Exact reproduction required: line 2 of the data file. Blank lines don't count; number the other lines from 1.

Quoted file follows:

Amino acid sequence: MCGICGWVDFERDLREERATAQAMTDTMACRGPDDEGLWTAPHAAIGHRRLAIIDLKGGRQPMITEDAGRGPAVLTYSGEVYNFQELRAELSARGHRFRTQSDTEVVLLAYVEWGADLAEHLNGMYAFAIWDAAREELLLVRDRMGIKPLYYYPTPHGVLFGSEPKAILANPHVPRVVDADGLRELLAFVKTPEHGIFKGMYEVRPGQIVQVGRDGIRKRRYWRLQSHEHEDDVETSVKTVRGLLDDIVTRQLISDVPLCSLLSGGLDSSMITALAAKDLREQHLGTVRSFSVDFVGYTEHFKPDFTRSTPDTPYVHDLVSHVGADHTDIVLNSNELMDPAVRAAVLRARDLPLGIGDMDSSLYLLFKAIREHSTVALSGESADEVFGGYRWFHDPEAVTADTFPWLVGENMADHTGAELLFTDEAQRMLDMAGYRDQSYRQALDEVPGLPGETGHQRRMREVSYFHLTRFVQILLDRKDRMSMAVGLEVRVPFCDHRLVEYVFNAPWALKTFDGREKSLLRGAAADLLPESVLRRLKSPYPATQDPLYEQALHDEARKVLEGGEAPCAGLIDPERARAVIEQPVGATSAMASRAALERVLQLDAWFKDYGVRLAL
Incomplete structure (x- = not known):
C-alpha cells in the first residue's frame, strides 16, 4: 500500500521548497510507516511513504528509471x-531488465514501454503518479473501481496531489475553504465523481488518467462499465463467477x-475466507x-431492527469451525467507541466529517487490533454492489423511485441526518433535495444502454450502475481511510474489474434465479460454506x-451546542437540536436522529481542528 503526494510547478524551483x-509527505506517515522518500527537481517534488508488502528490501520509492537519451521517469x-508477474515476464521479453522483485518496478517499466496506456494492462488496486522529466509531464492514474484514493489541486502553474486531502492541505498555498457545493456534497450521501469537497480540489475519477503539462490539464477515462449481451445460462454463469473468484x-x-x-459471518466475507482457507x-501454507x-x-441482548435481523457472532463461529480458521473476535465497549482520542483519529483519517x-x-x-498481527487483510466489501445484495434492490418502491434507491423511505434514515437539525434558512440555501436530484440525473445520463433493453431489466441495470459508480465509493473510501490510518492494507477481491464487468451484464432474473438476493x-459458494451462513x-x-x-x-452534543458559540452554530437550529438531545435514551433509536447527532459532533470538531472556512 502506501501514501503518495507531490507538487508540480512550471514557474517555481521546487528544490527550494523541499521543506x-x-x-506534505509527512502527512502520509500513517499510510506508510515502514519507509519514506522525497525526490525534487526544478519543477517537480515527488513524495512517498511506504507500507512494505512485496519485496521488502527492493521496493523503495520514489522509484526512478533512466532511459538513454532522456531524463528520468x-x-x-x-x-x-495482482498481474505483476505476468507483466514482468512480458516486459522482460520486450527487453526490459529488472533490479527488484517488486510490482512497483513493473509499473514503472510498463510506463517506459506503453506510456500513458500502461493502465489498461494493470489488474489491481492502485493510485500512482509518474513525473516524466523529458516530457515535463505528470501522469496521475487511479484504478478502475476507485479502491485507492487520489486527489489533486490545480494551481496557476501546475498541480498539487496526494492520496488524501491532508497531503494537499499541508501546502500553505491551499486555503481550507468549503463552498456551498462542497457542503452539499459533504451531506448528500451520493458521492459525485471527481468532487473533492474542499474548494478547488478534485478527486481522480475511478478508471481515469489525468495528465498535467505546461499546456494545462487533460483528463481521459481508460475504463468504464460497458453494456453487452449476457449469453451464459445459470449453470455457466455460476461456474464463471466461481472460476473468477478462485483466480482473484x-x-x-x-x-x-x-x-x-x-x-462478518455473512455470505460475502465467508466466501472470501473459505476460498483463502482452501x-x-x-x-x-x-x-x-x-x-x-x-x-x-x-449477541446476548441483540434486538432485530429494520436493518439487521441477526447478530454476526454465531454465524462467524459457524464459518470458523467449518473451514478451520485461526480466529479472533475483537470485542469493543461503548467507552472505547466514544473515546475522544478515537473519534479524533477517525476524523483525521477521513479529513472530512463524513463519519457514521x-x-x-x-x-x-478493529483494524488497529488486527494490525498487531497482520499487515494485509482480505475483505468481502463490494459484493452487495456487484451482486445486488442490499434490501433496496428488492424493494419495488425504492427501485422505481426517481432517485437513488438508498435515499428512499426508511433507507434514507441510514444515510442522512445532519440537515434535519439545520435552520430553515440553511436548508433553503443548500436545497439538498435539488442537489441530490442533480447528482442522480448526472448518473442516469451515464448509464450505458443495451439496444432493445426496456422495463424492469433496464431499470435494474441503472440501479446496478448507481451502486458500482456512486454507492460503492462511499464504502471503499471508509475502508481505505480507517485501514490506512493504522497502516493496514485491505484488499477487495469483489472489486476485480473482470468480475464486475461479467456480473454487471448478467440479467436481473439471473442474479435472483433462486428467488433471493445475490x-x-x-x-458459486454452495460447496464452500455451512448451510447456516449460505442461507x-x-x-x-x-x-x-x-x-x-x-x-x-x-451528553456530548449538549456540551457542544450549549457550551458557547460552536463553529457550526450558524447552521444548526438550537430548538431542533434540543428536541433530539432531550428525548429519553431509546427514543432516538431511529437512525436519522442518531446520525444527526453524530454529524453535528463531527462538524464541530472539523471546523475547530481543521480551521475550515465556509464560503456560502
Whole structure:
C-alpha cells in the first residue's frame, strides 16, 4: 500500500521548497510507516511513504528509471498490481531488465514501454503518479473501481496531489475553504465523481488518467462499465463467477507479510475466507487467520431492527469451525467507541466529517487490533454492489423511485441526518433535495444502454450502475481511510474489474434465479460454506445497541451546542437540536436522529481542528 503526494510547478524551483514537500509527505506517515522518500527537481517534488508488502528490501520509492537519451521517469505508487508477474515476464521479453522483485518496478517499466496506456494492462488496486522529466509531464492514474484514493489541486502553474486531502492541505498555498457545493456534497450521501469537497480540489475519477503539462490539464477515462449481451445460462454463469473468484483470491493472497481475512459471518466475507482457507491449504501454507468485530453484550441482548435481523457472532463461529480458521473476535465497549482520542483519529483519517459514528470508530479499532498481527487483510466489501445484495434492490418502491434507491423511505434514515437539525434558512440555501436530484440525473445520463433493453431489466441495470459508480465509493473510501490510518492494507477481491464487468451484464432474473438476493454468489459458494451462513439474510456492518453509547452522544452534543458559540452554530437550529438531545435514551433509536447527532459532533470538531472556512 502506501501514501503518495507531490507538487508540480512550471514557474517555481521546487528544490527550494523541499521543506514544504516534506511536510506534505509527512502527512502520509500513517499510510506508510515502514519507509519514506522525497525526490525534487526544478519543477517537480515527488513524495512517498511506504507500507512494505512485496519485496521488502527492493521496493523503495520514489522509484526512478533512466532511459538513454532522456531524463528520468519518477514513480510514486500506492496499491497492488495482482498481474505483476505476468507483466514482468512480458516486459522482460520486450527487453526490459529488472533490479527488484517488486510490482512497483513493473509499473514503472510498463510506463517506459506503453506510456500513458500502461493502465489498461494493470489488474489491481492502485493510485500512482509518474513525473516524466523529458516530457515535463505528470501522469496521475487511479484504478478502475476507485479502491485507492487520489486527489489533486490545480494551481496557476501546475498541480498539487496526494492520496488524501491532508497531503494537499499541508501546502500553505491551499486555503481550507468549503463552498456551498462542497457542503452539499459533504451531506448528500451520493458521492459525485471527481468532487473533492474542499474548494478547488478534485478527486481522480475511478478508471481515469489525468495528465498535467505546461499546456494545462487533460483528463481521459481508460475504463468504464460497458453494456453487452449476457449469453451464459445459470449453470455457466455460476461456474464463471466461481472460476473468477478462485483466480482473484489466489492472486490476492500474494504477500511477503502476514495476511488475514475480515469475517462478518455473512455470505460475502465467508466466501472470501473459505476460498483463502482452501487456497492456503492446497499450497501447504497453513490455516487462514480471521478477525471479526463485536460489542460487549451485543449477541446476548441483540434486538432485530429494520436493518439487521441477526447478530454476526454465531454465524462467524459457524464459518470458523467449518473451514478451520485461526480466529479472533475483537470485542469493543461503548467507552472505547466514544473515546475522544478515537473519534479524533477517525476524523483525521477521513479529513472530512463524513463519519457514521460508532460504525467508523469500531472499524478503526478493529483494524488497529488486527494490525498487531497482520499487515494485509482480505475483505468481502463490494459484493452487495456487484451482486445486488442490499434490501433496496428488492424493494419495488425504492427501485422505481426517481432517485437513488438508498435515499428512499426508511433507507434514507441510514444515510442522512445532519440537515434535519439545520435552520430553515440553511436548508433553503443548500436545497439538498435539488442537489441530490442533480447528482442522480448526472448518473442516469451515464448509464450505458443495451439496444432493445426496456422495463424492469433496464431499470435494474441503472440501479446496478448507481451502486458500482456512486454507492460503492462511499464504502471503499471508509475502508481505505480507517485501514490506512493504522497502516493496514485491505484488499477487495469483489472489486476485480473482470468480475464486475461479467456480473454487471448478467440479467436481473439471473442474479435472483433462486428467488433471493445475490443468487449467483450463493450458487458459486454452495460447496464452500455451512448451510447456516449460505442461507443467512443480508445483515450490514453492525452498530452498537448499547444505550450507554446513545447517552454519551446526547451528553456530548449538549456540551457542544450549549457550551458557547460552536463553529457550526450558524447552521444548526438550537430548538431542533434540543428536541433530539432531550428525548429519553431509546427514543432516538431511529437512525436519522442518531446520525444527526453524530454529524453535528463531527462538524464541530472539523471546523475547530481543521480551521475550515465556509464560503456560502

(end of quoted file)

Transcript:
Incomplete structure (x- = not known):